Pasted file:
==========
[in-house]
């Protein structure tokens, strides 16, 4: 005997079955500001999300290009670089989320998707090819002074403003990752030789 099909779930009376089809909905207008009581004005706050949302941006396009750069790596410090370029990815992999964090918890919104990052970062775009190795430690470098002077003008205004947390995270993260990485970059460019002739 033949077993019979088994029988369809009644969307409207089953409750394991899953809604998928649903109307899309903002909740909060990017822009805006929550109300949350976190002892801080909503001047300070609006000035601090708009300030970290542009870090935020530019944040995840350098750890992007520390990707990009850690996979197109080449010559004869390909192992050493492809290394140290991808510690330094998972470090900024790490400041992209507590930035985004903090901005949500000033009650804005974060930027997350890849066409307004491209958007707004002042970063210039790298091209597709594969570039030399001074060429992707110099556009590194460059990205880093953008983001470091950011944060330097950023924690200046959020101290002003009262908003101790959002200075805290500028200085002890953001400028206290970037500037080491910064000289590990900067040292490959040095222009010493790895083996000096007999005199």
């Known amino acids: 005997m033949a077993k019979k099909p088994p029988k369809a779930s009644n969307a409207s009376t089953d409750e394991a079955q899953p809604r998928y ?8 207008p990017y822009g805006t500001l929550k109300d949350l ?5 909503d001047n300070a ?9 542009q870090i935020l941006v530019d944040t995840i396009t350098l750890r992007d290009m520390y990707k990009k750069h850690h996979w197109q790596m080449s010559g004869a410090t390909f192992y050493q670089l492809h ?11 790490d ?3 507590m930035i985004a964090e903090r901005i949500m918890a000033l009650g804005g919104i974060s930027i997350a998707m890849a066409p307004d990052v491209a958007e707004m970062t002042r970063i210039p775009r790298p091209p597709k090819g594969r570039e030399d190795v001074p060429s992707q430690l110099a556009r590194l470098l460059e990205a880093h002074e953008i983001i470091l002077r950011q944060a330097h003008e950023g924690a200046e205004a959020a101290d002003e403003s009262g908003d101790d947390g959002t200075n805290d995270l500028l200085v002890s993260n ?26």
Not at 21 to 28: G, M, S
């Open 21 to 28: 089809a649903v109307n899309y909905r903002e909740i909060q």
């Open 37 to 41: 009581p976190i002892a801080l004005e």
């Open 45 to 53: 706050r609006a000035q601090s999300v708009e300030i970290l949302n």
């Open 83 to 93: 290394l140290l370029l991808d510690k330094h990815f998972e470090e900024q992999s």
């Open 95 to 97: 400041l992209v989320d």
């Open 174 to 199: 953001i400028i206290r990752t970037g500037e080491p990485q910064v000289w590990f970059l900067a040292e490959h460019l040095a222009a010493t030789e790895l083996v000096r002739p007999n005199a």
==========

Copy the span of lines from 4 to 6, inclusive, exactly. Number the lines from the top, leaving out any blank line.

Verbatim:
Not at 21 to 28: G, M, S
């Open 21 to 28: 089809a649903v109307n899309y909905r903002e909740i909060q």
């Open 37 to 41: 009581p976190i002892a801080l004005e």